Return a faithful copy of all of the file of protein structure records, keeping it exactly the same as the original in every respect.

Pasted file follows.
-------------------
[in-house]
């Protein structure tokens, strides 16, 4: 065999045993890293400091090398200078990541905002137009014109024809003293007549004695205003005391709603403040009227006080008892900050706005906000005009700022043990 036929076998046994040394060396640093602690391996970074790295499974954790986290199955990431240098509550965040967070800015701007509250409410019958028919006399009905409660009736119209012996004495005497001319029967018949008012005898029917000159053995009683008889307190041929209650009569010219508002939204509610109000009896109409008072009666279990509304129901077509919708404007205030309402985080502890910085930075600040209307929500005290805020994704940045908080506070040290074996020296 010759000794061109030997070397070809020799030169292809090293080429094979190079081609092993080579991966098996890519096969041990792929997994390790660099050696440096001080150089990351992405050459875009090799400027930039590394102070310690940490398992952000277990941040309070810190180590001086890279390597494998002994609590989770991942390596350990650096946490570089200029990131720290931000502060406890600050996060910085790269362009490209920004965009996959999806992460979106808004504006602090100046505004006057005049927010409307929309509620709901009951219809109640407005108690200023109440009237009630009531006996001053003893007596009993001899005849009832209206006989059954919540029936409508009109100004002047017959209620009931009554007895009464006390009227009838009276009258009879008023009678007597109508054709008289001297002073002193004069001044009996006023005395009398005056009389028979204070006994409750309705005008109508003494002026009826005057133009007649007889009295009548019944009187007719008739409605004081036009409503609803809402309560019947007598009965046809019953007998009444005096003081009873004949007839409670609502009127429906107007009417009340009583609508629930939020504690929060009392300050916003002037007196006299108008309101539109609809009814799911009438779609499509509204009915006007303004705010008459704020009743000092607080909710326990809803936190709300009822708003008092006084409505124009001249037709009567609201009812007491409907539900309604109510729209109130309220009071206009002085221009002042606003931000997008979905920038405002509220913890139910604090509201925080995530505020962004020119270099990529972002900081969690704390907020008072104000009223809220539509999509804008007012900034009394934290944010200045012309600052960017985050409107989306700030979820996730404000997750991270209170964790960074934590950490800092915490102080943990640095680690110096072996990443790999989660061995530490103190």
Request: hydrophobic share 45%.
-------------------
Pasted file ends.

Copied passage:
[in-house]
């Protein structure tokens, strides 16, 4: 065999045993890293400091090398200078990541905002137009014109024809003293007549004695205003005391709603403040009227006080008892900050706005906000005009700022043990 036929076998046994040394060396640093602690391996970074790295499974954790986290199955990431240098509550965040967070800015701007509250409410019958028919006399009905409660009736119209012996004495005497001319029967018949008012005898029917000159053995009683008889307190041929209650009569010219508002939204509610109000009896109409008072009666279990509304129901077509919708404007205030309402985080502890910085930075600040209307929500005290805020994704940045908080506070040290074996020296 010759000794061109030997070397070809020799030169292809090293080429094979190079081609092993080579991966098996890519096969041990792929997994390790660099050696440096001080150089990351992405050459875009090799400027930039590394102070310690940490398992952000277990941040309070810190180590001086890279390597494998002994609590989770991942390596350990650096946490570089200029990131720290931000502060406890600050996060910085790269362009490209920004965009996959999806992460979106808004504006602090100046505004006057005049927010409307929309509620709901009951219809109640407005108690200023109440009237009630009531006996001053003893007596009993001899005849009832209206006989059954919540029936409508009109100004002047017959209620009931009554007895009464006390009227009838009276009258009879008023009678007597109508054709008289001297002073002193004069001044009996006023005395009398005056009389028979204070006994409750309705005008109508003494002026009826005057133009007649007889009295009548019944009187007719008739409605004081036009409503609803809402309560019947007598009965046809019953007998009444005096003081009873004949007839409670609502009127429906107007009417009340009583609508629930939020504690929060009392300050916003002037007196006299108008309101539109609809009814799911009438779609499509509204009915006007303004705010008459704020009743000092607080909710326990809803936190709300009822708003008092006084409505124009001249037709009567609201009812007491409907539900309604109510729209109130309220009071206009002085221009002042606003931000997008979905920038405002509220913890139910604090509201925080995530505020962004020119270099990529972002900081969690704390907020008072104000009223809220539509999509804008007012900034009394934290944010200045012309600052960017985050409107989306700030979820996730404000997750991270209170964790960074934590950490800092915490102080943990640095680690110096072996990443790999989660061995530490103190």
Request: hydrophobic share 45%.